Scouting for deer

Purposefully finding and predicting where deer will travel is the essence of deer hunting. In order to regularly accomplish this, participants need to understand basic deer biology and be able to apply this knowledge in the field. Understanding basic deer biology can be accomplished as an academic exercise that can be learned indoors using the myriad of resources available. The basics of scouting can also be learned indoors, but the application of this knowledge can only be accomplished outdoors.

Most consistently successful deer hunters spend at least as much time scouting in advance of the season as they do actually hunting. In fact, if their scouting activity results in accurately predicting where deer will be, their hunt may be over fairly quickly.  

Enclosed are numerous resources to teach the indoor section of your program. However, we recommend that this information be paired with a field session to look for deer sign. The field session can be conducted as a group activity in any location where deer may be present. However, we recommend that this session be conducted with their guide(s) or mentor(s) at the site where they will be hunting. If the latter scenario is selected, it is important to briefly review the scouting material that you have gone over in class with the guide(s) or mentor(s) that will take people out in the field.

We also recommend that the guides and mentors not just take their mentee to a pre-selected spot; the mentees should be actively involved in the scouting and site selection. This is a learning experience; NOT a “guided hunt.”   

In some instances, the recommended resources lend themselves to group activities and facilitated discussions that focus on “remote scouting.” Remote scouting can pinpoint high probability areas that deserve a closer look and verified with on-the-ground scouting.

Resources

5 Big Buck Hiding Spots Hunters Must Not Overlook

Even in today’s world of quality deer management, with the many great food plot mixes and minerals and other factors that help produce big bucks, it is still difficult to harvest a buck 150-inches or better.

The world of whitetail deer hunting is full of myths and mysteries, but I once heard that only 1 in 10,000 bucks reach the 150-inch class. I tend to believe that statement. Most buck hunters are fortunate to harvest one or two 150-inch or better bucks in their entire hunting lives.

Where Deer Hide -And Why

Deer season's over, and you struck out. Perhaps the ridge you've hunted for 20 years turned as deerless as your freezer. Or during scouting you found a woodlot trampled like the Chicago stockyards, but in November only one scrawny doe walked past your tree stand. Or the bucks you glimpsed during bow season took a Florida vacation before .270 time.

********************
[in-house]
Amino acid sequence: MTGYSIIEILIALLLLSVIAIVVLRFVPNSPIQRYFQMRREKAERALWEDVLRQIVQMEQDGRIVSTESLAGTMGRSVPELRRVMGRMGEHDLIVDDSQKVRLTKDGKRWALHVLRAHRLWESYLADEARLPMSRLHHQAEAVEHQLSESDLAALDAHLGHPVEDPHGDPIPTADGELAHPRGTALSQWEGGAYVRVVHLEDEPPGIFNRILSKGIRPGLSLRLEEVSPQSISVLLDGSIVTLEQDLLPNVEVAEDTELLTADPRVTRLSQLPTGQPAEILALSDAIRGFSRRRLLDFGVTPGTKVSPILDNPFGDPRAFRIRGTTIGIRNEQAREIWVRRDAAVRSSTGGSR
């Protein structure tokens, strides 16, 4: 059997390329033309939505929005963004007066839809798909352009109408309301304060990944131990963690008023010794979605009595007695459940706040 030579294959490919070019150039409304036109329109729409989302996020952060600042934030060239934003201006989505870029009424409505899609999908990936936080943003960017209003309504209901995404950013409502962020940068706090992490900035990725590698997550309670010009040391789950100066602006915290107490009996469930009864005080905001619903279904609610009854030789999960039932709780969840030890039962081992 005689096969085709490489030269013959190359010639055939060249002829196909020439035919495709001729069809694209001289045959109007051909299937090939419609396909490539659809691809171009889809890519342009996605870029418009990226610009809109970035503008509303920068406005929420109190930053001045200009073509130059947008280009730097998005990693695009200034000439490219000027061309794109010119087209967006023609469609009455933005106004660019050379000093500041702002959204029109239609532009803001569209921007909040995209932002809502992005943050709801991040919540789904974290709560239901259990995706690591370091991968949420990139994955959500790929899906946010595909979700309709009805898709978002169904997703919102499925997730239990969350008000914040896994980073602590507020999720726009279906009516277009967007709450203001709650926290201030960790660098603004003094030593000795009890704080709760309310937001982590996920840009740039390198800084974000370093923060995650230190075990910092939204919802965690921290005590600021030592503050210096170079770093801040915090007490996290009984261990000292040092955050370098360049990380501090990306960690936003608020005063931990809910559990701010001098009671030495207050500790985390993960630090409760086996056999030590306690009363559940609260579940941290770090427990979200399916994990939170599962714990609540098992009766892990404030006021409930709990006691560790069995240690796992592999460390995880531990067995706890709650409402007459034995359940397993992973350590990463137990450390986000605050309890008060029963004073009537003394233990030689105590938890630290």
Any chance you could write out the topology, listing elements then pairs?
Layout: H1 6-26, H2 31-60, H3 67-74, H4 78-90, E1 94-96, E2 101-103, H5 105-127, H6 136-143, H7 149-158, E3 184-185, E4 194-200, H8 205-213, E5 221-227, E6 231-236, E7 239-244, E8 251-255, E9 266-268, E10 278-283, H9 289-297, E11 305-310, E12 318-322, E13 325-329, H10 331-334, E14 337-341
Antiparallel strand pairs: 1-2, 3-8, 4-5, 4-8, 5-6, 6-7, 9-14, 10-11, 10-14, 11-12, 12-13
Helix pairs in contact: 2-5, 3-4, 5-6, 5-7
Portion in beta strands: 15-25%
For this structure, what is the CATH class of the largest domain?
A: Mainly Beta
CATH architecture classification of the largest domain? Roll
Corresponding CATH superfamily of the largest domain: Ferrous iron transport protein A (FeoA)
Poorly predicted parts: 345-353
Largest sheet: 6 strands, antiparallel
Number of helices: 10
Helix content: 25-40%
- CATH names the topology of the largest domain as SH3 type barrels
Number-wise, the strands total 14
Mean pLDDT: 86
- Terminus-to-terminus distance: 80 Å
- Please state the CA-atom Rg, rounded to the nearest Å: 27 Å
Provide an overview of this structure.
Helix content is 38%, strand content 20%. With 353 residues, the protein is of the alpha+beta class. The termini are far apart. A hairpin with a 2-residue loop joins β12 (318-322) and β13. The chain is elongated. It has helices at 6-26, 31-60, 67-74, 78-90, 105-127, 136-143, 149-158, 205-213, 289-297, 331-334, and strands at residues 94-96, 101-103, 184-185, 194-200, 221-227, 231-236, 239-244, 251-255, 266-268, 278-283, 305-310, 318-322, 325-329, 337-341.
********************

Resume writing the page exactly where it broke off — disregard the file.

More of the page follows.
Where Can I Go Hunting?

When I first reveal to people that I am a hunter, far and away their first question tends to be “But where do you go?” They aren’t asking because they’re trying to cajole me into giving away my favorite deer spots. They’re asking because they are genuinely puzzled by the notion that there could be quality hunting a reasonable distance from our metropolitan area. As city dwellers, hunting can feel far removed. And for city dwellers who don’t spend their weekend galavanting around the backcountry, the wilderness can feel downright mysterious.

Art of Mapping Deer - Barriers

In my previous article, I discussed how water can act as a natural barrier, but there are many other barriers to deer movement worth discussing. The great thing about barriers is they are fairly easy to identify on a map and deer movement along barriers is very predictable. Remember, deer will skirt the edges of barriers often taking the path of least resistance from point A to point B. This makes barriers highly desirable places to hunt, especially when bucks are cruising during the rut.

Whitetail Deer: Sign Language

Scouting for whitetails is like piecing together a giant jigsaw puzzle. You start with a clean slate of, say, 200 acres, you scout the area for deer sign and then you put it all together. "Breeding rubs," like the one this awesome 12-pointer (right) was captured making, are key clues. Tracks, beds, scat and scrapes provide other pieces to the puzzle. But before you can add all of these things together, you have to be able to interpret what each sign is telling you.

Gerald Almy's Guide to Scouting for Whitetail Deer

Skill #1: Recognize Deer Magnets on a Map
RIVERS A large river will channel deer trails along its edge as they follow the contour of the drainage. Find dash marks that show a riffle area. This is a likely crossing point and a potential stand site.

RIDGES Traveling over the peak of a ridge exposes a buck to danger, so search for dips or "saddles" on the map where he can cross and stay hidden. The juncture of several ridges is another likely place to find a trail.

HOLLOWS Gullies leading from high daytime beds to lowland feeding areas are potential travel routes.

Scouting For Hunting Success

A high percentage of hunters scout incorrectly or not at all. With that these hunters defeat themselves of hunting success long before they even set foot into the woods.

Assuming you can shoot and that you have a deer population to hunt there are only two factors that determine hunting success: proper scouting and luck.